Anna Petropolous of Apetrop USA, Inc., described the Legacy Insurance Management Act now under discussion in the Vermont legislature.  She explained that the Vermont Act seeks to create a restricted Part VII-type transfer.  The plan focuses on commercial business and avoids guarantee fund issues because it would only be open to non-admitted insurers and reinsurers.  She noted that Vermont has experienced regulators and established insurance regulations, making it an ideal venue for this initiative.  Stay tuned for developments on passage of the legislation! 

 

Commutation Basics

Next up on the agenda was a Panel on commutation fundamentals moderated by William Fiske of The Hartford.  J. Marcus Doran of Horizon Management explained the importance of considering the goals and reasons for the commutation before beginning commutation discussions.  He emphasized that it is critical to accurately identify the counterparty and the scope of the commutation to avoid surprises later.                                                                                                 

Joe Loggia of Buxbaum Loggia Associates provided the auditor’s perspective.  He highlighted the importance of preparation.  With respect to pre-commutation audits, he explained that it is critical to know before performing the audit what you are looking for and what you hope to achieve.  He stated that it is easier to identify those things after you have thoroughly reviewed your own files.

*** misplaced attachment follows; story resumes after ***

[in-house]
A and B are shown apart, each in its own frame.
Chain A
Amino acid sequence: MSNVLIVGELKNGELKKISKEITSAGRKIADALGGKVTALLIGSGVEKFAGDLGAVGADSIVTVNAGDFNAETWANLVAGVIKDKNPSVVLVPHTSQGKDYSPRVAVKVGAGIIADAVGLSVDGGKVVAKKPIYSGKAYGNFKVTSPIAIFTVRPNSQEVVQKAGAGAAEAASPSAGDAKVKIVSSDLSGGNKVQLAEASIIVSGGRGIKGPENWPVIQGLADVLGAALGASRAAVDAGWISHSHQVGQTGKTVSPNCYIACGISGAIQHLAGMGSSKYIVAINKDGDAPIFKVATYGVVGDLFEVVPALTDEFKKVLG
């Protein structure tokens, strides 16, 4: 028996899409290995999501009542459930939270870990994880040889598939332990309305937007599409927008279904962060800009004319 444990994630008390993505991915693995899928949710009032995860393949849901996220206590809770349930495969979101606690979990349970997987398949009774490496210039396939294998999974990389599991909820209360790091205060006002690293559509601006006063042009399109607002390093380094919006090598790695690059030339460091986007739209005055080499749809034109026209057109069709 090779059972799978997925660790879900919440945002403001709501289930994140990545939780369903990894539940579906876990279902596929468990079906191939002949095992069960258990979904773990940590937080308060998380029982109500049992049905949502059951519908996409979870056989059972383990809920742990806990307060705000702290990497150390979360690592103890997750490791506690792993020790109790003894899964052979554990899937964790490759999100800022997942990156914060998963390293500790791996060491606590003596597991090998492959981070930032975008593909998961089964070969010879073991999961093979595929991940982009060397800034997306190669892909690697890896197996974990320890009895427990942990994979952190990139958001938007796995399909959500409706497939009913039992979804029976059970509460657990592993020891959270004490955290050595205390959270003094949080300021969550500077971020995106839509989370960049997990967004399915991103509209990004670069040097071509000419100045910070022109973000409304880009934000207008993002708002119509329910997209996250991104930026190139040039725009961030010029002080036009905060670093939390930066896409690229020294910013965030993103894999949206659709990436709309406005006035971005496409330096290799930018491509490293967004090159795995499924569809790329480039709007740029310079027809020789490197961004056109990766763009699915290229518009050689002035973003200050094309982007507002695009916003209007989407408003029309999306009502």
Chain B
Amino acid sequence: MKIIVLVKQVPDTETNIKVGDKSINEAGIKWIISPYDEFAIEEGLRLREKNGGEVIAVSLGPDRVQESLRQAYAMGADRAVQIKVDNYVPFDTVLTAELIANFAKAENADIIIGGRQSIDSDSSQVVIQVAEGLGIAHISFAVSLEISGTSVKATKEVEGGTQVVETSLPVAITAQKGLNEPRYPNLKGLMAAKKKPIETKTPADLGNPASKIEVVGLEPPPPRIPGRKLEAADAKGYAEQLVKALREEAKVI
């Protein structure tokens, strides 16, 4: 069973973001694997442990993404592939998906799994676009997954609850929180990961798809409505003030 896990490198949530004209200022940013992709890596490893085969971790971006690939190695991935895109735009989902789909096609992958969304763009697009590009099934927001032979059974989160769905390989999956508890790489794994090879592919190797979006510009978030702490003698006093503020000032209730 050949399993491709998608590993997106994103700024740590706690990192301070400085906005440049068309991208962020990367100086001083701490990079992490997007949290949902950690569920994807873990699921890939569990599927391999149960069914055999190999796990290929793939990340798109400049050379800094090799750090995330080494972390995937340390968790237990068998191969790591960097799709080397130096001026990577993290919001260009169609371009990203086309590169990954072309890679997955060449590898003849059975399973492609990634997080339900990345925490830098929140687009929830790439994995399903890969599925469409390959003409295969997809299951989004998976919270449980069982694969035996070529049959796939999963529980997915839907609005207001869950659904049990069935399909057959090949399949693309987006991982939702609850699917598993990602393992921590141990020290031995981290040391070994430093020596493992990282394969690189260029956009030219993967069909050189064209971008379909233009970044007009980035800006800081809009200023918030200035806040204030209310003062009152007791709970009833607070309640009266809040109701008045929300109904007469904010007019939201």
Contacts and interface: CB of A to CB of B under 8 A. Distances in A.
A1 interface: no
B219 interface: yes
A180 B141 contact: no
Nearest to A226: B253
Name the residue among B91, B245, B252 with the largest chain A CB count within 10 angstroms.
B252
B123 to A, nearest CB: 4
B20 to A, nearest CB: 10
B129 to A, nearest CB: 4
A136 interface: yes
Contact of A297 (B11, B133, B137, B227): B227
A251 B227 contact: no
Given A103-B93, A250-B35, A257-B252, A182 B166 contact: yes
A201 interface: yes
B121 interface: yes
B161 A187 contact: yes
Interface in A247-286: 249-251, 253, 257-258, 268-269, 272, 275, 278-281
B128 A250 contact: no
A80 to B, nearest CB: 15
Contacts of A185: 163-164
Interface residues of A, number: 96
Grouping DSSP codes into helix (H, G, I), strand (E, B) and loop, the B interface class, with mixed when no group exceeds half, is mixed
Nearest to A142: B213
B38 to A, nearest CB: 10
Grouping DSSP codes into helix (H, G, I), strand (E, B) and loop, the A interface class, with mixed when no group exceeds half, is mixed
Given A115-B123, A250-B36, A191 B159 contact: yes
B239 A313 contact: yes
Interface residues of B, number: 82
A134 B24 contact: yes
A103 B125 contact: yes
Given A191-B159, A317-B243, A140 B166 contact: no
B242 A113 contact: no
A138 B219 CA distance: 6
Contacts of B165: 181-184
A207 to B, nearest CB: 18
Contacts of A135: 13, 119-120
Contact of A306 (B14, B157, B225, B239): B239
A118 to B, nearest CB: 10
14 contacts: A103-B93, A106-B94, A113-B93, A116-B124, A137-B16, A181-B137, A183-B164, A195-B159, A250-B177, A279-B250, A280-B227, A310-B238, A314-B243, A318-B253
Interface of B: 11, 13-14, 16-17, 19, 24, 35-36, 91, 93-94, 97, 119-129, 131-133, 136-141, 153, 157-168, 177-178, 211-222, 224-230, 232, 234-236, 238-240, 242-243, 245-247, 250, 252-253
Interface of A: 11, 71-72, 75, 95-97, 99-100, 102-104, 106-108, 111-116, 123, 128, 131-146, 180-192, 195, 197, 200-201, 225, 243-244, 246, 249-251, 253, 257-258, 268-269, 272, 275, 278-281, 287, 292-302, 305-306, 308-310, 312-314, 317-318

Bill Popalisky of DLA Piper discussed obtaining buy-in from retrocessionaires for commutations in advance.  He suggested sharing commutation strategy with retrocessionaires, taking their feedback into account if it makes sense, and telling them that you would give notice if you could in advance of any agreement.  He also recommended following a standard allocation methodology and using an outside actuary to do the allocation with the goal of a fair, reasonable allocation.

 

E-Discovery Pitfalls and Best Practices

A presentation regarding e-discovery rounded out the morning.  Bernadette Beekman of Yorkson Legal, Inc. served as moderator.  Gina Trimarco (DLA Piper LLP US), Carmen Oveissi Field (Deloitte Financial Advisory Services LLP), and Skye Miles (HCC Specialty) were the panelists.